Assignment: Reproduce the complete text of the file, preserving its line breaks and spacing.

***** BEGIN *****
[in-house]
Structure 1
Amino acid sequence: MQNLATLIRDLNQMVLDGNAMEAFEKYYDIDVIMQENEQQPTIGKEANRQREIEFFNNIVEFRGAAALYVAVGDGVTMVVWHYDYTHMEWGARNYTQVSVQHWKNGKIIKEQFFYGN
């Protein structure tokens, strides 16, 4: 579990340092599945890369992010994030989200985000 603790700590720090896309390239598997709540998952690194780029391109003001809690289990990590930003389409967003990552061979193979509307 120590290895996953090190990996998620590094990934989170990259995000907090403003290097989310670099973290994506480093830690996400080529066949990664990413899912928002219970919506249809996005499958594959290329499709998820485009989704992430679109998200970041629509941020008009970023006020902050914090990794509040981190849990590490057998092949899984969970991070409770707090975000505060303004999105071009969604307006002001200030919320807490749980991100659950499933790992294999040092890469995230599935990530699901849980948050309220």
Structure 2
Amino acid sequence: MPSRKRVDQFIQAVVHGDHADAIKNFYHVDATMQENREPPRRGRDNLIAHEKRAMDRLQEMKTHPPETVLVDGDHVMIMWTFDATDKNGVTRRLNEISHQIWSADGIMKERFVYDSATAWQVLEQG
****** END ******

[in-house]
Structure 1
Amino acid sequence: MQNLATLIRDLNQMVLDGNAMEAFEKYYDIDVIMQENEQQPTIGKEANRQREIEFFNNIVEFRGAAALYVAVGDGVTMVVWHYDYTHMEWGARNYTQVSVQHWKNGKIIKEQFFYGN
């Protein structure tokens, strides 16, 4: 579990340092599945890369992010994030989200985000 603790700590720090896309390239598997709540998952690194780029391109003001809690289990990590930003389409967003990552061979193979509307 120590290895996953090190990996998620590094990934989170990259995000907090403003290097989310670099973290994506480093830690996400080529066949990664990413899912928002219970919506249809996005499958594959290329499709998820485009989704992430679109998200970041629509941020008009970023006020902050914090990794509040981190849990590490057998092949899984969970991070409770707090975000505060303004999105071009969604307006002001200030919320807490749980991100659950499933790992294999040092890469995230599935990530699901849980948050309220």
Structure 2
Amino acid sequence: MPSRKRVDQFIQAVVHGDHADAIKNFYHVDATMQENREPPRRGRDNLIAHEKRAMDRLQEMKTHPPETVLVDGDHVMIMWTFDATDKNGVTRRLNEISHQIWSADGIMKERFVYDSATAWQVLEQG